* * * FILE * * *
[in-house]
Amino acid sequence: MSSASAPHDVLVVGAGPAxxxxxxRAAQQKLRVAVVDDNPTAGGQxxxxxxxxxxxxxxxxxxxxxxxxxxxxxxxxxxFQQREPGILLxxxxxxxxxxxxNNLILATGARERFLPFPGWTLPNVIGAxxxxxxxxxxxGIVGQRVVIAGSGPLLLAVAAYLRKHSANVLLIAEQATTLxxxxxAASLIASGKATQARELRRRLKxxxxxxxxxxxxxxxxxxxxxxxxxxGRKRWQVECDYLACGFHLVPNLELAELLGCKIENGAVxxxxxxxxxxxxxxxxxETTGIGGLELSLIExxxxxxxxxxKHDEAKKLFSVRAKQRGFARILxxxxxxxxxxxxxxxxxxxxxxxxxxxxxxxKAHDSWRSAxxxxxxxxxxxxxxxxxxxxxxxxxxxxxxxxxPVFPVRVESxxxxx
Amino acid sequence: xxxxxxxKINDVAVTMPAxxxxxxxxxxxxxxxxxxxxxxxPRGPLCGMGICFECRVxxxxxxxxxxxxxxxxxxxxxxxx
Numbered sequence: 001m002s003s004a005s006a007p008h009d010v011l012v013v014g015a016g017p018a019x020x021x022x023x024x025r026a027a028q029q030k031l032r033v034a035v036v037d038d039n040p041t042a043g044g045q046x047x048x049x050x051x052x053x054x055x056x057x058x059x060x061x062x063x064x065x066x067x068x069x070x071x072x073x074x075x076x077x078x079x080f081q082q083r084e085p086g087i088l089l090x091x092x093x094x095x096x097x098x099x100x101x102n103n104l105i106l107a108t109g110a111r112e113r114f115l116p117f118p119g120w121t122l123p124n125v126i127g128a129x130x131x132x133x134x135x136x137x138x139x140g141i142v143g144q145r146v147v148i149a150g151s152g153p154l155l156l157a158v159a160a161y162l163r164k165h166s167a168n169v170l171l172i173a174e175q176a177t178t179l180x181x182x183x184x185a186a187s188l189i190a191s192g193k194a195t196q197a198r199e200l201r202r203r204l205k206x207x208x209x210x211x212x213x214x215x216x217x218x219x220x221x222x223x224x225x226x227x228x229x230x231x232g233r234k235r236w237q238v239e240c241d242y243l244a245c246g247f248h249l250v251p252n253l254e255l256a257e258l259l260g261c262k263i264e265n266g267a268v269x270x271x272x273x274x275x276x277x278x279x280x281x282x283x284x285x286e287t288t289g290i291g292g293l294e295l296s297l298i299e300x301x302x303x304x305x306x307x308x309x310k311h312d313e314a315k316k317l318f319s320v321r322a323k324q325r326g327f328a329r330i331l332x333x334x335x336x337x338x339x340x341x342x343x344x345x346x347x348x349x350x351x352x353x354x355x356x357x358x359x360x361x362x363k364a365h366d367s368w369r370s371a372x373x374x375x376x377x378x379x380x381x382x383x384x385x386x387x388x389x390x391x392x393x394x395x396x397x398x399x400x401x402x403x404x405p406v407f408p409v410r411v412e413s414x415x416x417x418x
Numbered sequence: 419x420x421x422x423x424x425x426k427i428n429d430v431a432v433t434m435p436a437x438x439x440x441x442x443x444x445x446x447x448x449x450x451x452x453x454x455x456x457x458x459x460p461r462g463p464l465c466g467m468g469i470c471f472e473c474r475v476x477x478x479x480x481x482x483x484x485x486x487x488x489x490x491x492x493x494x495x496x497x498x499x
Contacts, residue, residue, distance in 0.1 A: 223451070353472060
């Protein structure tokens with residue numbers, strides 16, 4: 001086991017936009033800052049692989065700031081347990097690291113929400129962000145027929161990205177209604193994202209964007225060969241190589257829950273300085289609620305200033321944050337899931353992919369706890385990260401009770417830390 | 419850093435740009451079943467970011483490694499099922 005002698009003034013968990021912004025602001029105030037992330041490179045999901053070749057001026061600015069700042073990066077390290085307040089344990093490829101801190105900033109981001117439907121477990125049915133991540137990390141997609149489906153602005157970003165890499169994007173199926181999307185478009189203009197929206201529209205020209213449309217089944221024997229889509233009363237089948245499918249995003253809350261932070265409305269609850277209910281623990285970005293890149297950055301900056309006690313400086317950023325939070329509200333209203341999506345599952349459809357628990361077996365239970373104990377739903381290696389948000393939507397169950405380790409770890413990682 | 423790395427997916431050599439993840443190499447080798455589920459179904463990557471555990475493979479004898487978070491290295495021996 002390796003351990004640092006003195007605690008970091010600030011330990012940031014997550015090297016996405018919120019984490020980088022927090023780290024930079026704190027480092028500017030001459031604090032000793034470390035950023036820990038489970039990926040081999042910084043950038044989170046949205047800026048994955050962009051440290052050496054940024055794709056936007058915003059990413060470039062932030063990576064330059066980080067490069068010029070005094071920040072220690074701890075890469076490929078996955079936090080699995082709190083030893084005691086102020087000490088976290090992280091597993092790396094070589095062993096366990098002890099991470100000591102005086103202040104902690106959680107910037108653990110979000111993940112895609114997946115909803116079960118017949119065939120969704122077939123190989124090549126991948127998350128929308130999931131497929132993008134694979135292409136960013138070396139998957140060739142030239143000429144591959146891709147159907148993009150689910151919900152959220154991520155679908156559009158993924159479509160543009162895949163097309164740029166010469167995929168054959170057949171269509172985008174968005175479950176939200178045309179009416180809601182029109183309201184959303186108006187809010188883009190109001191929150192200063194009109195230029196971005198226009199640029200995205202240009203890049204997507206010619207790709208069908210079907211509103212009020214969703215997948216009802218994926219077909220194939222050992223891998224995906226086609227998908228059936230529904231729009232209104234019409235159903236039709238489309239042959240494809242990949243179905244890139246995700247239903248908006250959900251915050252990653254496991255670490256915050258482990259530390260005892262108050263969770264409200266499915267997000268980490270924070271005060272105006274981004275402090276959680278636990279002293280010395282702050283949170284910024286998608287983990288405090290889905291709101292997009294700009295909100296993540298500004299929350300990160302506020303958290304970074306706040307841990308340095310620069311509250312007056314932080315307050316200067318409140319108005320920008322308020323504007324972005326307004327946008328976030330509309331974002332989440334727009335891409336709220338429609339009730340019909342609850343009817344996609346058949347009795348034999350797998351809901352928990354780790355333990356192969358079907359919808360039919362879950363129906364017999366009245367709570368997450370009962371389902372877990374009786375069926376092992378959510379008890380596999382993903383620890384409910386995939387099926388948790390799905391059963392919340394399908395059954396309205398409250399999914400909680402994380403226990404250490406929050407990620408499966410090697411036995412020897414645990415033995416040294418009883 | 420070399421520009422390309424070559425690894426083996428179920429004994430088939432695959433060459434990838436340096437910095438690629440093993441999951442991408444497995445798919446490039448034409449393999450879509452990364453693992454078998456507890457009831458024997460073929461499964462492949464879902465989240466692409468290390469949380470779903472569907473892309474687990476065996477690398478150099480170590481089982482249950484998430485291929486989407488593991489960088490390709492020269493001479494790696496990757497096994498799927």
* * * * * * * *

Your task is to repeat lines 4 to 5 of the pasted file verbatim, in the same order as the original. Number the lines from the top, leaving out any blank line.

Numbered sequence: 001m002s003s004a005s006a007p008h009d010v011l012v013v014g015a016g017p018a019x020x021x022x023x024x025r026a027a028q029q030k031l032r033v034a035v036v037d038d039n040p041t042a043g044g045q046x047x048x049x050x051x052x053x054x055x056x057x058x059x060x061x062x063x064x065x066x067x068x069x070x071x072x073x074x075x076x077x078x079x080f081q082q083r084e085p086g087i088l089l090x091x092x093x094x095x096x097x098x099x100x101x102n103n104l105i106l107a108t109g110a111r112e113r114f115l116p117f118p119g120w121t122l123p124n125v126i127g128a129x130x131x132x133x134x135x136x137x138x139x140g141i142v143g144q145r146v147v148i149a150g151s152g153p154l155l156l157a158v159a160a161y162l163r164k165h166s167a168n169v170l171l172i173a174e175q176a177t178t179l180x181x182x183x184x185a186a187s188l189i190a191s192g193k194a195t196q197a198r199e200l201r202r203r204l205k206x207x208x209x210x211x212x213x214x215x216x217x218x219x220x221x222x223x224x225x226x227x228x229x230x231x232g233r234k235r236w237q238v239e240c241d242y243l244a245c246g247f248h249l250v251p252n253l254e255l256a257e258l259l260g261c262k263i264e265n266g267a268v269x270x271x272x273x274x275x276x277x278x279x280x281x282x283x284x285x286e287t288t289g290i291g292g293l294e295l296s297l298i299e300x301x302x303x304x305x306x307x308x309x310k311h312d313e314a315k316k317l318f319s320v321r322a323k324q325r326g327f328a329r330i331l332x333x334x335x336x337x338x339x340x341x342x343x344x345x346x347x348x349x350x351x352x353x354x355x356x357x358x359x360x361x362x363k364a365h366d367s368w369r370s371a372x373x374x375x376x377x378x379x380x381x382x383x384x385x386x387x388x389x390x391x392x393x394x395x396x397x398x399x400x401x402x403x404x405p406v407f408p409v410r411v412e413s414x415x416x417x418x
Numbered sequence: 419x420x421x422x423x424x425x426k427i428n429d430v431a432v433t434m435p436a437x438x439x440x441x442x443x444x445x446x447x448x449x450x451x452x453x454x455x456x457x458x459x460p461r462g463p464l465c466g467m468g469i470c471f472e473c474r475v476x477x478x479x480x481x482x483x484x485x486x487x488x489x490x491x492x493x494x495x496x497x498x499x